A YouGov poll for THE FACE has found that 70 per cent of Britons would prefer a prime minister who is “boring and reliable”. After countless months of parliamentary chaos, it appears they are getting their wish.
As the government doubles down on its response to industrial action, we meet some of the many young workers joining the picket line.
From James Corden’s yolk-only omelette and Olivia Wilde’s marriage-ending vinaigrette to Lettuce Liz and the tofu-eating wokerati, the last 12 months have proven we’re hungry for drama at every turn – especially the edible kind.
Writer Róisín Lanigan charts Paddington's dizzying ascent from humble plush toy to symbol for national royal mourning, via Hollywood stardom and a sprinkle of Tory-leaning ventures. Strap in.
This year, climate activists targeted everything from a Van Gogh painting to a Captain Tom statue. Their actions drew anger from a sizeable proportion of the public. So, why are they willing to put it all on the line?
Just over a year ago, the England team were heroes. Now they’re heading to a World Cup mired in death and corruption, with a palpable lack of “it’s coming home” energy.
From Iran to Hong Kong, #MeToo to BLM, leaderless movements have become the defining form of protest in the 21st century. After all, you can’t arrest an idea, especially when so many people believe in it.
It’s been a wild two weeks. Good thing he’s not in charge of making electric cars and sending people into sp– ah, right, yeah. He is.
GeoGuessr’s poster boy can tell you wherever you are in a matter of seconds.
This year, the carte blanche became a symbol in the UK for anti-monarchy protests. But blank pieces of paper have long been used in both art and politics. What, if anything, does it say?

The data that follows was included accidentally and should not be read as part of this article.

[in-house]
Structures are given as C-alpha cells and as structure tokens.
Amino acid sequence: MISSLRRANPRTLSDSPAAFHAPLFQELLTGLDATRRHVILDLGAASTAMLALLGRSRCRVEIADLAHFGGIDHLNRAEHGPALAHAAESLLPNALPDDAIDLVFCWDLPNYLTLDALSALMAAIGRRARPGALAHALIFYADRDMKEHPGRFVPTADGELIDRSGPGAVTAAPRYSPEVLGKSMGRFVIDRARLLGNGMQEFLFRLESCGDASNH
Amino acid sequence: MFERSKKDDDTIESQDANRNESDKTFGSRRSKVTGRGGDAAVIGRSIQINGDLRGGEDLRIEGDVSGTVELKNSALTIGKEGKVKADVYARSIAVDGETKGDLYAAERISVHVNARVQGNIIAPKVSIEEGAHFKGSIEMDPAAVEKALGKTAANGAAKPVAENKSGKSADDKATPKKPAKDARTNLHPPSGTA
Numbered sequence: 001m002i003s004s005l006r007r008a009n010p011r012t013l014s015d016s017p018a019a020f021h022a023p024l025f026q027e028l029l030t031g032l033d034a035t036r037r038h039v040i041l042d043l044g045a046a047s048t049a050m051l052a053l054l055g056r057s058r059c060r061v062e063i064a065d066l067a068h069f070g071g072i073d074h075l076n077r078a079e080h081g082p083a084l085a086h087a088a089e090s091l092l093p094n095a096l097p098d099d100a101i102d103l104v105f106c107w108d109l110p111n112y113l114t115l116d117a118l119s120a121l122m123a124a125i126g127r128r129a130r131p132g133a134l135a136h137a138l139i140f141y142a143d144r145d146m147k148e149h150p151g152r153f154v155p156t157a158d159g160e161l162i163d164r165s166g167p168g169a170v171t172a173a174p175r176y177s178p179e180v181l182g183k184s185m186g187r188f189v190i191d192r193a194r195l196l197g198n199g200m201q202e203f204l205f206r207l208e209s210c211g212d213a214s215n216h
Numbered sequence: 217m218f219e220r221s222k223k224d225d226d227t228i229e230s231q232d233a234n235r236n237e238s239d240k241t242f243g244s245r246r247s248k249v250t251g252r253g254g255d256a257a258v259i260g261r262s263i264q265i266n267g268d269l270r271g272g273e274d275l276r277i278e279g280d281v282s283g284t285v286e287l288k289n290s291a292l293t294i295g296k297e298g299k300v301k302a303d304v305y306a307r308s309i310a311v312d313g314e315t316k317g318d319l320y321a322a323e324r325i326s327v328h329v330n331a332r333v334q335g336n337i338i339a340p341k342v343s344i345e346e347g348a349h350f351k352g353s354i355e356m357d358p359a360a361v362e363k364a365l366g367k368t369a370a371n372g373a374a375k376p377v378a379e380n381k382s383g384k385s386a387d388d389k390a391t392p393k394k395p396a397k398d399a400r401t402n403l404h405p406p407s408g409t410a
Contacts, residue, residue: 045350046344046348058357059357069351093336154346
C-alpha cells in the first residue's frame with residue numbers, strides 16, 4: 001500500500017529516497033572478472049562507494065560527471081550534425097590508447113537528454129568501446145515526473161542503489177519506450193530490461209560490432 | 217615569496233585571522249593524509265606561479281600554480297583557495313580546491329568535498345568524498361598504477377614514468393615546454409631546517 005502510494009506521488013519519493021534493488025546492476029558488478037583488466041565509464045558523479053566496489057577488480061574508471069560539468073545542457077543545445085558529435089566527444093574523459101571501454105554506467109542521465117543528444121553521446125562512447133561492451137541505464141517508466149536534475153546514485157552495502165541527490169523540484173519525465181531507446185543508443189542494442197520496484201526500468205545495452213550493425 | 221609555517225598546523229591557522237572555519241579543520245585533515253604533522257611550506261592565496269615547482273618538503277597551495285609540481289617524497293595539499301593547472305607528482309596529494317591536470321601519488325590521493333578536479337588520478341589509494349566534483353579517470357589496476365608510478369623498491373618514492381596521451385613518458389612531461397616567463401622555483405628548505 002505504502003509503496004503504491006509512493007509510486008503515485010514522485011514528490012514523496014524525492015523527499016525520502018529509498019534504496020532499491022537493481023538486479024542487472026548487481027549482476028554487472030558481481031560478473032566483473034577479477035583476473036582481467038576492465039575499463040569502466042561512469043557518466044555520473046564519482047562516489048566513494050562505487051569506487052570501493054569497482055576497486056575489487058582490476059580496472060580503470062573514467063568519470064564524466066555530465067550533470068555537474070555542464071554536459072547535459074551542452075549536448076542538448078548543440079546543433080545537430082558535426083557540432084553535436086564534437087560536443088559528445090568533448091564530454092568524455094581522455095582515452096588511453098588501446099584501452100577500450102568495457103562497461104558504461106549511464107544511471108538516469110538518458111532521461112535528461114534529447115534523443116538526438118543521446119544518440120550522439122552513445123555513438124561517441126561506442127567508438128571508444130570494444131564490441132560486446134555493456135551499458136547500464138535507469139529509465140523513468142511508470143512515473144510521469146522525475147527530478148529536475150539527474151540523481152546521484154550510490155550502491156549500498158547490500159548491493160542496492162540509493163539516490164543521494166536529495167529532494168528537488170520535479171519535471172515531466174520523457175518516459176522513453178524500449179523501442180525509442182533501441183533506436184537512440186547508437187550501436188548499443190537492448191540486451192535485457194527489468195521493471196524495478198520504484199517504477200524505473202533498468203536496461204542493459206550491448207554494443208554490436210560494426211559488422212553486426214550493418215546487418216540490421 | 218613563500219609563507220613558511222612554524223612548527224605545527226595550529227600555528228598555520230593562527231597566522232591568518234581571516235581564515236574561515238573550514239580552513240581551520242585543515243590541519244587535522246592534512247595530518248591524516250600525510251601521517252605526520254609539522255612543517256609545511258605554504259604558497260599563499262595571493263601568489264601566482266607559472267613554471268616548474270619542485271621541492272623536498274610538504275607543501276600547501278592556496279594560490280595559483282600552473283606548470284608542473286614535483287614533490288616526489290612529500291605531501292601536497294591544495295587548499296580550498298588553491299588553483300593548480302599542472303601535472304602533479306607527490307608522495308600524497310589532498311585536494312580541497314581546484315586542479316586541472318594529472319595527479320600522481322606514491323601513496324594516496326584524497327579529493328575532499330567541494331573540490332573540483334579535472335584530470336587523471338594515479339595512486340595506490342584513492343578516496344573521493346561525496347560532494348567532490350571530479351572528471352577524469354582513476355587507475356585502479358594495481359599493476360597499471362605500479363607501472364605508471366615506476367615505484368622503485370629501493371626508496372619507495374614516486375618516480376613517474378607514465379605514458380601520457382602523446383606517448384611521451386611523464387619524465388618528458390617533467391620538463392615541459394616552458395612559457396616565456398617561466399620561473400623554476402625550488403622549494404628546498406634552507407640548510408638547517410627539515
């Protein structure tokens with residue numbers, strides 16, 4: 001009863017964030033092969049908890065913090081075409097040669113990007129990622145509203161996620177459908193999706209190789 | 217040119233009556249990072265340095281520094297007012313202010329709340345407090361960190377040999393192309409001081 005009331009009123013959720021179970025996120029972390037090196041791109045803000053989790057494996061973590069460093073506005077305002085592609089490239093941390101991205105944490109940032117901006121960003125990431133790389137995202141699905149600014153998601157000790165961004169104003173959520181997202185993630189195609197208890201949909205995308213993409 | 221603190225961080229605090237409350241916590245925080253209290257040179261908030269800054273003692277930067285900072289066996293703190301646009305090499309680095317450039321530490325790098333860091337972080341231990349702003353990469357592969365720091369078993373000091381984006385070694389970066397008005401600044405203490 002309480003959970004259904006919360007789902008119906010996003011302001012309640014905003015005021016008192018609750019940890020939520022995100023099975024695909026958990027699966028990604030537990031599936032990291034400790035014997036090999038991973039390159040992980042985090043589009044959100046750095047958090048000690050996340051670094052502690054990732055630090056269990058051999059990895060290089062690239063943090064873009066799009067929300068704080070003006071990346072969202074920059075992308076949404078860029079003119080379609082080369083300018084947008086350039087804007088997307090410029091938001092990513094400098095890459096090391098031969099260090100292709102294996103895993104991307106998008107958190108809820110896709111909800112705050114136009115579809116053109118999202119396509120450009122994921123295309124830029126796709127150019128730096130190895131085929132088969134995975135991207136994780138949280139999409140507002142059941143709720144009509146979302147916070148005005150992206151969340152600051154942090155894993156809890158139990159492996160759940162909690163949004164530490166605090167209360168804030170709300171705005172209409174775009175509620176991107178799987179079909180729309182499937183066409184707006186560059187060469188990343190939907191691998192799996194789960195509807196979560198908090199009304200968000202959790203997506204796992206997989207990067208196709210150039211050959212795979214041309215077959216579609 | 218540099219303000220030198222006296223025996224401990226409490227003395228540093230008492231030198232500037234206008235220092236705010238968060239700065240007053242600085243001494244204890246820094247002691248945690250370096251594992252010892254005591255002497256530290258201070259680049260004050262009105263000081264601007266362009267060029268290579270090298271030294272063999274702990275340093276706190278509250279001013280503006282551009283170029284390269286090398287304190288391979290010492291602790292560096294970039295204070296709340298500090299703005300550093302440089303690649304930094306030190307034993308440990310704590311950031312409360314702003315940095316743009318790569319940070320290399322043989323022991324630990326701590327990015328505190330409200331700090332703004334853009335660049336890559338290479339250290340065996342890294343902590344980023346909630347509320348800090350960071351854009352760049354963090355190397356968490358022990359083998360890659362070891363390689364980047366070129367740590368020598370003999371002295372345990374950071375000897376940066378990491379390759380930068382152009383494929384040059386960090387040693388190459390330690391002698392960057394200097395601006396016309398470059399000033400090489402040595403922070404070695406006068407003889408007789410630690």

The revolving door of unelected prime ministers and political U-turns has turned us into an international laughing stock.
He takes from the poor to give to the rich, and doesn’t mind breaking the law. What a man to have running the country during a cost-of-living crisis, eh?
Under the UK’s parliamentary system, the Tories are entitled to select a leader without calling a general election. But to do so would stretch the fabric of our democracy to breaking point.
A recent study revealed that just one in 100 MPs come from working-class backgrounds. Perhaps this is why politicians can't wrap their heads around how to truly help the British public.
Chris Goode was considered a genius playwright and director. But the boundaries he pushed were personal. Now his grooming of young actors is coming to light. THE FACE speaks to the survivors.
After the capital city centre was hit by Russian missiles, we speak to some of the young people living in Kyiv about their experiences.
While the cost of simply existing spirals out of control, the richest people in the country are lining their pockets through disaster capitalism. Class war? This is just the declaration.
A newly-published paper, Berghain: Space, Affect and Sexual Disorientation, examines how nightlife can shape our sexualities. Simon Doherty speaks to its researcher to find out more.
As part of our week-long Cost of Living series, we spoke to university students about how they’re coping with the current economic crisis.
Disproportionate homelessness, wider pay gaps and the loss of liberating nightlife spaces as clubs close at record levels: charities and campaigners tell us of the potential impact on queer people.
As low income households struggle to pay for the essentials, online fundraising platforms like GoFundMe and JustGiving are seeing a significant spike in pages dedicated to household bills instead of charity bike rides.
As the UK creeps into a recession creeps, sexism could be another side-effect of the economic crisis.
We’re running a week-long look at the economic crisis, what’s happening and how it’s affecting you.
THE FACE spoke to Symon Hill, who was arrested for asking, “Who elected him?” at King Charles III’s proclamation.